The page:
Rage linebacker DiNunzio a portrait of perserverance and inspiration

Among the women competing in the Western Women’s Canadian Football League, Kait DiNunzio of the Calgary Rage signifies perseverance.

Despite various setbacks, DiNunzio’s story is one of inspiration. Combining brains, beauty, brawn and the power of positive thinking, she has transformed mind, body and spirit into a remarkable pillar of strength.

Her education, charitable work and athletic drive extol the qualities of a remarkable person. In many ways, various aspects of her life resemble that of a football game. Sometimes, one gets knocked down, while other times, something will go one’s way and result in a break. The end result is to get back up and keep trying. The journey to try and get to the end zone is where the lessons are learned.

“I could go on and on about the things I’ve done or the places I’ve been; but in the end it all comes down to being a good person; helping someone else to be better tomorrow than they are today.  We’ve all had our lows in life.  When I was 19 years old, I was homeless as a result of an incredibly abusive relationship; I was at the bottom of my game.”

“I’m a naturally resilient person, and doing it my way, I found the support I needed and made the decision to build myself back up and live as an example.  The most rewarding thing about helping someone else is simply being a part of the solution.  I know I can’t save the world, but I can do my part to positively impact my community and inspire others to do the same.”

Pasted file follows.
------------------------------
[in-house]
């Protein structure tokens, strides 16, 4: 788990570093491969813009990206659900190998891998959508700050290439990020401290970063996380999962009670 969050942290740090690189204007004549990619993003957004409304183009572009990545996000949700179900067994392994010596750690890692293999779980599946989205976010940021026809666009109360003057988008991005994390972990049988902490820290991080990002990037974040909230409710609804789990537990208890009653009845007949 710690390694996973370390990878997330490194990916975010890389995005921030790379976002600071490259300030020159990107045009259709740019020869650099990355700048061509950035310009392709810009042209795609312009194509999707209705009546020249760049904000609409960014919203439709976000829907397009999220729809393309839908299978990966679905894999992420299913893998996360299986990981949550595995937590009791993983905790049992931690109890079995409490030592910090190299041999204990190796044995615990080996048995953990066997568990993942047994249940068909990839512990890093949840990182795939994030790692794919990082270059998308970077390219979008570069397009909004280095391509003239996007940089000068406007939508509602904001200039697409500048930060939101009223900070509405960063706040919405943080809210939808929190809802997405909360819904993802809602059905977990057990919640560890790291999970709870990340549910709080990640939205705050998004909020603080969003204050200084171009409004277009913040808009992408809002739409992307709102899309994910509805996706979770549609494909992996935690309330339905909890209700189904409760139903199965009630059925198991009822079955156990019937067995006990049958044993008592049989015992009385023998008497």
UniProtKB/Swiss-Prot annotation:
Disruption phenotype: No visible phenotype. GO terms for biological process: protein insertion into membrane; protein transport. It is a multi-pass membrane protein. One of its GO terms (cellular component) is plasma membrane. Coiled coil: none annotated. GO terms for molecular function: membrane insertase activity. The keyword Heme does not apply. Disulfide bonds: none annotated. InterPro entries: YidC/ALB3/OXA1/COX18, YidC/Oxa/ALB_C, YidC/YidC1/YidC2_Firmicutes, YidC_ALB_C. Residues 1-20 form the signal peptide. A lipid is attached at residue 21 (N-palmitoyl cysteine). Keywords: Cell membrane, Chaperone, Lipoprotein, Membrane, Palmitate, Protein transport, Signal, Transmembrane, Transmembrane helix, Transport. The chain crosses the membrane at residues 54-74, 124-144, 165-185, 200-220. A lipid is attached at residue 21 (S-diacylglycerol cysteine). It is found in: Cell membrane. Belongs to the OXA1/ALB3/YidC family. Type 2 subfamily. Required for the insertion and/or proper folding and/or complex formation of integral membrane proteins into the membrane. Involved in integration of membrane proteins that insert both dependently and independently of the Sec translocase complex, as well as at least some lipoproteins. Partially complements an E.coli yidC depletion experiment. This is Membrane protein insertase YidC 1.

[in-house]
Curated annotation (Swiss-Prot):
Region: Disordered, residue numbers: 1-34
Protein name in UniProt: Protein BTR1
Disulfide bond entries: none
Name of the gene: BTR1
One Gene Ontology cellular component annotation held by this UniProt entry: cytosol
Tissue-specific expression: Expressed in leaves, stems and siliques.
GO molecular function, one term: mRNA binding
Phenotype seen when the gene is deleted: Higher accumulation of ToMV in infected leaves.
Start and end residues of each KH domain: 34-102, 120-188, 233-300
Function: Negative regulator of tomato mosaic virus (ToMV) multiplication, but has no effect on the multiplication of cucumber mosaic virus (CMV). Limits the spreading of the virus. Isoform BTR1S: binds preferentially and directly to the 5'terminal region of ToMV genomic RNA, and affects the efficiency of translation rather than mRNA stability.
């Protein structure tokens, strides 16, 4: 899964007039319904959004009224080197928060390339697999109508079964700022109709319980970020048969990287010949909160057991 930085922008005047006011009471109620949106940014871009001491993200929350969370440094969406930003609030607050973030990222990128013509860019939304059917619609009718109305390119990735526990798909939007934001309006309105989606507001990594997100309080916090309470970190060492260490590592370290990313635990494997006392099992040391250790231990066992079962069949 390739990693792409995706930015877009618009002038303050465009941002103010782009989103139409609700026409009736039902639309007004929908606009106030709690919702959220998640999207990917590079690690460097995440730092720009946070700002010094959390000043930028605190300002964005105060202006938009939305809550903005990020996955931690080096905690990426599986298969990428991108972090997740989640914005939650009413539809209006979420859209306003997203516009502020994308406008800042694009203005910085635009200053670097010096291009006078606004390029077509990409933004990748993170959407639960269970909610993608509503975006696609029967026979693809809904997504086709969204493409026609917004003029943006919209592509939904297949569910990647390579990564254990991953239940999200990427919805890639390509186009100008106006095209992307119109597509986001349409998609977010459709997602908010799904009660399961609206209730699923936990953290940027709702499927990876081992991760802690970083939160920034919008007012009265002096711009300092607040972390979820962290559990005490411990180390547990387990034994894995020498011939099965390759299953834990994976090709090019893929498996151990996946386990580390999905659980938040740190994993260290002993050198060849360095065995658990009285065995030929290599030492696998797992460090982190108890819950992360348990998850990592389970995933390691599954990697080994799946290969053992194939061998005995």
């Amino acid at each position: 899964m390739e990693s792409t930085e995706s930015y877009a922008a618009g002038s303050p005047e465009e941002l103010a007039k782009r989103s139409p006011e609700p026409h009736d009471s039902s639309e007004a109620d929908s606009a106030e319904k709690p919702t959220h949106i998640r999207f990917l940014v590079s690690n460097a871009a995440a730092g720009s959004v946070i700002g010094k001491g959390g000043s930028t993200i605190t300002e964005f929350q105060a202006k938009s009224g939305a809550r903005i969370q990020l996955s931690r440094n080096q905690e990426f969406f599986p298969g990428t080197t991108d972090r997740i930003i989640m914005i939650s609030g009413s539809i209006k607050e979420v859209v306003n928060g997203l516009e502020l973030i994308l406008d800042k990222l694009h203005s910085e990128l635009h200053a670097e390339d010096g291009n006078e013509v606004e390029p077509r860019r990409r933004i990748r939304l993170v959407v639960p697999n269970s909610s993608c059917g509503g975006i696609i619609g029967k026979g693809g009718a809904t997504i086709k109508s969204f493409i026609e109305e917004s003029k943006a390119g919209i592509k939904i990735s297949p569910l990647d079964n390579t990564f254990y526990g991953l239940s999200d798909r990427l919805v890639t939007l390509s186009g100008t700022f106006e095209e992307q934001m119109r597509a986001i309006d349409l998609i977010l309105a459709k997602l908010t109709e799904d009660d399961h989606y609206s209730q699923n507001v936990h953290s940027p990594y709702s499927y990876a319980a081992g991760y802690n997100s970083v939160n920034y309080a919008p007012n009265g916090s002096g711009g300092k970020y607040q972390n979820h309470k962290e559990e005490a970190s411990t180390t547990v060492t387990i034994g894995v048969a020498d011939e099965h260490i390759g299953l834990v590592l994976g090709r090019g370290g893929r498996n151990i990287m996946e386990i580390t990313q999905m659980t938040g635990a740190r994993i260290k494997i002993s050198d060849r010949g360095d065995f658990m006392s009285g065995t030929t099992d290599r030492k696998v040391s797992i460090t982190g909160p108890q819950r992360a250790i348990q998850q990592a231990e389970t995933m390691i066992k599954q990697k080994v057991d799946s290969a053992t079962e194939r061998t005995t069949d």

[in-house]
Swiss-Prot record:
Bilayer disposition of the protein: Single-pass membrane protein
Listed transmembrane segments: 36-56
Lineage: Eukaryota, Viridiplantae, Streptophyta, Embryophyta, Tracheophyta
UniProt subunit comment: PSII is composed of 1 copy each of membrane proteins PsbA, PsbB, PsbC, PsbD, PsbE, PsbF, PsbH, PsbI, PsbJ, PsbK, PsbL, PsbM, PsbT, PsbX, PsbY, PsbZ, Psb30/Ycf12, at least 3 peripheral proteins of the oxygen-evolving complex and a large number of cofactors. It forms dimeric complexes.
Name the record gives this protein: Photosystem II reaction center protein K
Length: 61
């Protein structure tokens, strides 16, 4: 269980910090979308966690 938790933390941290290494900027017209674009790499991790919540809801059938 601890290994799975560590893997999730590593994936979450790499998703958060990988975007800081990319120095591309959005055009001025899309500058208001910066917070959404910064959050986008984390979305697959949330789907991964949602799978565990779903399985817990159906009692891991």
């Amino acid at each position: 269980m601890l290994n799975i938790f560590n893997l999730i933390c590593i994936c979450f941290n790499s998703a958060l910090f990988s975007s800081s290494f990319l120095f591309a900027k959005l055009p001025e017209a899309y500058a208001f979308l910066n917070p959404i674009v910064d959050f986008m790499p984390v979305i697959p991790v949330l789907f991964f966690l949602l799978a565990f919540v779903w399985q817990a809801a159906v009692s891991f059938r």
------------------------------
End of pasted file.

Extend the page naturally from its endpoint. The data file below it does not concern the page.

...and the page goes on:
When not competing on the gridiron as a linebacker for the Rage, DiNunzio’s other athletic endeavor involves bodybuilding. In her first season of competition, she participated in two events as part of the Best Body Tall category; the INBF Stampede Classic out of Calgary (ninth place) and at the INBF Vancouver Cup (third place). In addition to competing for the International Bodybuilding Federation of Canada, she also works for the federation as an Organizational Director.

The commitment to bodybuilding and fitness competitions led to a great transition in terms of physical preparation to play football. As a competitive bodybuilder, her experience in football is similar to male bodybuilder Mike Katz, who once played for the New York Jets.

“The amount of time I spent in the gym was CRAZY! I had lost 110 pounds by the time I was on stage when I won third place in the Vancouver Cup in September 2011. I started my journey to just be healthier and be a better example for my little girl. Yet, I needed something to keep me going back to the woman I didn’t want to be anymore.”

“As a result, I registered with the INBF.  It was an awesome move. They are a great and supportive organization. I had a great time and learned a LOT about myself, my body and what I’m really capable of.  It transferred over well onto the field because I’m still in close to peak condition; that’s what it’s about when you’re a linebacker!”

Her interest in the game of football started at a young age. Growing up, the opportunity to observe the gridiron glories on television brought with it an opportunity to bond with her father. While she did not play team sports in her childhood, the Sunday afternoon ritual was one that provided great memories.

“I have always been a football fan. I was raised by a single father who was a jail guard in the Yukon.  We spent a lot of Sunday afternoons and Monday nights watching football together.  By watching football together, I clearly meant I had no idea what I was watching, and simply enjoyed the time with my dad.”

“I was approached by the Calgary Rage during one of my competitive seasons and chose not to play in an effort to maintain balance to my goals of competing with the International Natural Bodybuilding Federation (INBF) Canada. Once I was done my competitive season, I decided to give it a whirl.”